You can think of each encounter or scene in an RPG as being its own game (or round of a game, or whatever). It going on too long and losing peoples' interest is much more of a problem than being too short and people needing to move on to the next scene. You only really need to worry about things being so short and easy that it stops being fun.

So I think the only thing to really change is to ensure that your players are still having fun, and perhaps to help emphasize that the preparation and careful investigation that they're doing is really helping them with the direct combat aspects of the game. Maybe have an NPC relay a proverb like "Knowing the dragon's lair is half the hunt" or the like (and I'm sure you can come up with something better than that).

When I was DM for LMoP, it was with only two players, and while I adjusted encounters to have less monsters to help compensate, they really took an approach of trying to find the back door, and get in and get out as quickly as possible, which was really a fun way to play. Assuming your players like a similar approach and don't just want a full hack-and-slash fest, avoiding combat where possible should be rewarded much like you've done.

  • \$\begingroup\$ I would not say they "carefully" investigated anything. They literally decided for the tunnel randomly, and went for the secret door by chance hahahaha But I can see your point, that being intended or not doesn't change the actions which made it "easier". \$\endgroup\$
    – HellSaint
    Commented Jun 18, 2018 at 14:58
  • \$\begingroup\$ @HellSaint Heh. Well, not all the luck of the game comes from dice. As in life, sometimes everything just happens your way. And sometimes it doesn't. \$\endgroup\$
    – user37158
    Commented Jun 18, 2018 at 15:01
  • \$\begingroup\$ I tossed in a couple of quotes from Sun Tzu that supports your initial point. Keep it if you like it, revert if you think it's over the top. Your core point about them using smarts to set up a victory is a very good one; DM's IMO ought to reward and recognize that kind of good thinking/tactics. \$\endgroup\$ Commented Jan 22, 2019 at 13:47
  • \$\begingroup\$ @HellSaint How did they randomly decide to use the tunnel? They shouldn't be able to find it unless they talked to Carp Alderleaf at the farm (LMoP pg.18), so they either did some proper investigating or they should not have found the tunnel. \$\endgroup\$
    – zigagiz
    Commented Mar 18, 2019 at 20:01
  • \$\begingroup\$ @Ziga they did talk to Carp. What I meant by randomly is that they had no evidence that the tunnel was in any way safer than any other possible entrance. They literally threw a coin to decide whether they should enter using the tunnel or not. \$\endgroup\$
    – HellSaint
    Commented May 1, 2019 at 1:55

After having reviewed the module in preparation to DM, there are some things which stood out.

Glasstaff is given lots of treatment for roleplaying, and he's supposed to be that affable evil type of villain that invites the party to have coffee, "means no harm", and offers full tail-between-legs surrender. As a wizard, he's more of a "roleplay boss" than a "combat boss". As such the challenge isn't defeating him (although it can be if they just fought through the entire hideout). The real challenge he presents is a complication. What should you do with a previous Lords' Alliance wizard who:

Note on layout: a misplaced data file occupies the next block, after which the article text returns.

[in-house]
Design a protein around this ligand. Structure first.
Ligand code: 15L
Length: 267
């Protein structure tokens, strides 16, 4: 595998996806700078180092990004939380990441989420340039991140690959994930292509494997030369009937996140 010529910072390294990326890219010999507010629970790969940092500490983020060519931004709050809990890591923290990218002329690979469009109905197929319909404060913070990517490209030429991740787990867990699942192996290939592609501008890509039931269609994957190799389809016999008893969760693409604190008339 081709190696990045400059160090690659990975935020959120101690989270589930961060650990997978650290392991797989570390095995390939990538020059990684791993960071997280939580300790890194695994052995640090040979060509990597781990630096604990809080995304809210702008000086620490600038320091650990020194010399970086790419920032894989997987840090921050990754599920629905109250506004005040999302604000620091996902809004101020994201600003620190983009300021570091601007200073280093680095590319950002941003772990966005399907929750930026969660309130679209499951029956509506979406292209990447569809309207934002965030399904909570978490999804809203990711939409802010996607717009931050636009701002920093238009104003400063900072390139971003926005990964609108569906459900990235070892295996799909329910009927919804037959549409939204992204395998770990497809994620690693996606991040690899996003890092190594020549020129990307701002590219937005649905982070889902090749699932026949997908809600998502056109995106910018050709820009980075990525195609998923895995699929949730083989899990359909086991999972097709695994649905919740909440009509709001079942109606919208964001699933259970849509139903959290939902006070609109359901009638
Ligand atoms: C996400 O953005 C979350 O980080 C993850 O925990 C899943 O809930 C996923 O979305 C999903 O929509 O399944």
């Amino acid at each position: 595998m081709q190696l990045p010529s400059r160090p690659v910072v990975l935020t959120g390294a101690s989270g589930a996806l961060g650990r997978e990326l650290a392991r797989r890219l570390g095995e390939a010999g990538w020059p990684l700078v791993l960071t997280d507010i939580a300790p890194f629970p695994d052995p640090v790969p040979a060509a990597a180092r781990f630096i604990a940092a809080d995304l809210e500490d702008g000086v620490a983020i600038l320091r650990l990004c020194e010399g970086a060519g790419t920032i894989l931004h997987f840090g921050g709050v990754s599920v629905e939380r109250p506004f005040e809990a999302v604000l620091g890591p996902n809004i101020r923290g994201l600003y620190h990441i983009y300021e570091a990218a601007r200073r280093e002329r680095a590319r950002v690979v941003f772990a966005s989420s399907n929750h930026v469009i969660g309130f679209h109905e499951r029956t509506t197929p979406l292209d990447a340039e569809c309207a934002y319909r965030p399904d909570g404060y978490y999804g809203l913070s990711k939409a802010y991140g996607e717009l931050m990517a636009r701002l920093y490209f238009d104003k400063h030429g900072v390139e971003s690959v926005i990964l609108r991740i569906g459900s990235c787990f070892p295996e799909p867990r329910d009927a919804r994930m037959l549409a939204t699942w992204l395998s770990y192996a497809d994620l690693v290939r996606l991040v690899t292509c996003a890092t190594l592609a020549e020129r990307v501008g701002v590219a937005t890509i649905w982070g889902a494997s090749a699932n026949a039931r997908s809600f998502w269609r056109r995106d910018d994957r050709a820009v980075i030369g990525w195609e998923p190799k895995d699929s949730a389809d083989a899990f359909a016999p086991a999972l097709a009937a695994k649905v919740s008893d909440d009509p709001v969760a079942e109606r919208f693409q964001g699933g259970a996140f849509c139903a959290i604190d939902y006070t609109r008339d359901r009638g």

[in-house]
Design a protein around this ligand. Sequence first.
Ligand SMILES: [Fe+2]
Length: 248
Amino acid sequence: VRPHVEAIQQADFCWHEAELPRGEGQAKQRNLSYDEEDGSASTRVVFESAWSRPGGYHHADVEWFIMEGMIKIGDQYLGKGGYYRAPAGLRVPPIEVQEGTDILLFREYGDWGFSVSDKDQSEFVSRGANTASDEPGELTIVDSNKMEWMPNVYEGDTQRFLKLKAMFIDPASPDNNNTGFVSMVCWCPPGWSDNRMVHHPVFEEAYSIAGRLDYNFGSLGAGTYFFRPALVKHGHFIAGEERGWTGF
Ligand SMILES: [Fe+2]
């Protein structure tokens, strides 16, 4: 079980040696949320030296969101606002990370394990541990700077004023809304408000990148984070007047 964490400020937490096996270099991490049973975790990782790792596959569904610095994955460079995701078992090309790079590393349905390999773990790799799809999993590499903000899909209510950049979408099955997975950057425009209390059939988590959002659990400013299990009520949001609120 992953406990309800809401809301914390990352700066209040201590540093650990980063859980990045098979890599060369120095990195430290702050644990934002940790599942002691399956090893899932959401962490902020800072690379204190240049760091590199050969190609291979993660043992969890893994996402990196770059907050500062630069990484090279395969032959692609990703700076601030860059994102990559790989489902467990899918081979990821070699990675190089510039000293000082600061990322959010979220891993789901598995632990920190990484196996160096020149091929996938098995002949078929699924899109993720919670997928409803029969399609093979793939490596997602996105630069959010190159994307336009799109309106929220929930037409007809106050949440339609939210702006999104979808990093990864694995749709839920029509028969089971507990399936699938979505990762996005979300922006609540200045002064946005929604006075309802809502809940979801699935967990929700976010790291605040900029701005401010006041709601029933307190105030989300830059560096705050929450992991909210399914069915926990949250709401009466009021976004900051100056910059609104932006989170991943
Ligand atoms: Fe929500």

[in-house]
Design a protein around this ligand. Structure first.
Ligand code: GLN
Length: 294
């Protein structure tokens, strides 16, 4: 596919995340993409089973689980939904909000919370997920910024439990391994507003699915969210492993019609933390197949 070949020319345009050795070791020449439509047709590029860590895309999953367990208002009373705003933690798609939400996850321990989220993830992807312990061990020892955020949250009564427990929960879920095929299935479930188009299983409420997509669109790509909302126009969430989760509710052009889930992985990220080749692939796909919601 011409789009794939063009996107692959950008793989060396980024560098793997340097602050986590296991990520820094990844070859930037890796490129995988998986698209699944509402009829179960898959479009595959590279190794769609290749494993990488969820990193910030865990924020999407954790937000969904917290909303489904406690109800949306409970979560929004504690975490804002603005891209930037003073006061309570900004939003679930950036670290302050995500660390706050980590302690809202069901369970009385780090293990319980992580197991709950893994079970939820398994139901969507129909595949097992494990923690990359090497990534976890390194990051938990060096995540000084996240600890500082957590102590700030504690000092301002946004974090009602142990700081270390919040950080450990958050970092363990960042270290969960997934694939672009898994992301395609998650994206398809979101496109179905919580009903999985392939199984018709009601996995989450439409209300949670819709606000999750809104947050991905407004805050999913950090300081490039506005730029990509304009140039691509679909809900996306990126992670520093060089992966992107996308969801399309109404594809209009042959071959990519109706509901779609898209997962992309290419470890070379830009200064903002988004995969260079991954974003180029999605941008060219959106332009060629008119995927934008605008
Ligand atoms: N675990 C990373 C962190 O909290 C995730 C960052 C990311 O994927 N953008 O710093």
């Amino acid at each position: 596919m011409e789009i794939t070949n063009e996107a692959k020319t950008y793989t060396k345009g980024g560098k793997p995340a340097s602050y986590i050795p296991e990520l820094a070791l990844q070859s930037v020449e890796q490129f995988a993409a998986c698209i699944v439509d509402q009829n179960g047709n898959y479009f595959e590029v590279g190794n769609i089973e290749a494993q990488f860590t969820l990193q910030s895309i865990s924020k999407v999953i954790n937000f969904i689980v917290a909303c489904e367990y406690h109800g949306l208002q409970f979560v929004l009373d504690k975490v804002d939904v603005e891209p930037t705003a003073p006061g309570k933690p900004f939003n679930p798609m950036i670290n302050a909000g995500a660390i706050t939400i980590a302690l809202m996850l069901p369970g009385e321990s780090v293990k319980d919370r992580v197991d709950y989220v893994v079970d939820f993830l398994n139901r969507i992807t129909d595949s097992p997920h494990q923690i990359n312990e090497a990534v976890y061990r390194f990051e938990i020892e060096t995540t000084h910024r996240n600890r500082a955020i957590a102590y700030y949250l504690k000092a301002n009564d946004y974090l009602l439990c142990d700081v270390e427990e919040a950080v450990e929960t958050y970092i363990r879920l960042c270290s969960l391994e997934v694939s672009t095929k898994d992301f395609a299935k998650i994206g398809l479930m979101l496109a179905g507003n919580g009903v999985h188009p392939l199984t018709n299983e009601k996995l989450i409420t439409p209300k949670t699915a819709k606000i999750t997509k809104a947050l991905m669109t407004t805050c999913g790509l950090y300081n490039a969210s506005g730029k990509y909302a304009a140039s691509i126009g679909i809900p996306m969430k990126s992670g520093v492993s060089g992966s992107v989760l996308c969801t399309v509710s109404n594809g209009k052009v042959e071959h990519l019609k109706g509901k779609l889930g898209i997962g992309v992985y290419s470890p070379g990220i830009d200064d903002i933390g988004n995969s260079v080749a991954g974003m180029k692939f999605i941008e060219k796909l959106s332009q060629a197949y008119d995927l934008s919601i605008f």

• Was goaded into attacking by threats
  • Has manners
  • Admits defeat quickly
  • Complies with the party and awaits judgement by authorities (who are somewhat lacking in town)

Additionally, the module encourages you to be really open with hooks. It's possible to skip most of the adventure only at cost of being underlevelled! Hooks such as the secret entrance to the hideout are things you should keep quiet in subtle ways, unless you think the shortcut is narratively the best choice. You can require that the party chooses to stay at Qelline's farm before they meet Carp, and he can be playing in the backyard and feel shy that his mother might judge him for playing near the Hideout, requiring that the party be alone with him at your convenience. Only then, he opens up and eagerly spills his story.

Managing Story Hooks

The shortcut seems to be a mechanism by which you can allow parties who've skipped Cragmaw Hideout to resolve Redbrand Hideout safely before being pushed back to finish Cragmaw Hideout. And until they do finish Cragmaw Hideout, you have the option of keeping a lot of Cragmaw Castle hooks dormant.

This kind of subtle string-pulling by carefully managing active hooks serves two roles in pretty much any campaign.

  1. Firstly it allows you to delay the party in order to feed them XP for an encounter they aren't ready for by using material you've rehearsed or can generate randomly.

  2. It also allows you to keep the party from being pulled in too many directions at once. When they're jumping between plots all the time, they don't get the hit of pleasure from riding a plot arc to its conclusion. And when that happens, the story feels aimless and doesn't come to life because they're either lost for what to do or it feels like the NPCs are just sitting for months waiting on the players.

    I don't think you did anything wrong. I think you did things correctly. What I think is that you need a little bit more experience under your belt at building, managing, and releasing storytelling tension. Plot hooks are your tool to do that. Some hooks build tension (like being faced with random encounters, dwindling resources, or ethical decisions) and some hooks release it (like shortcuts and magic items).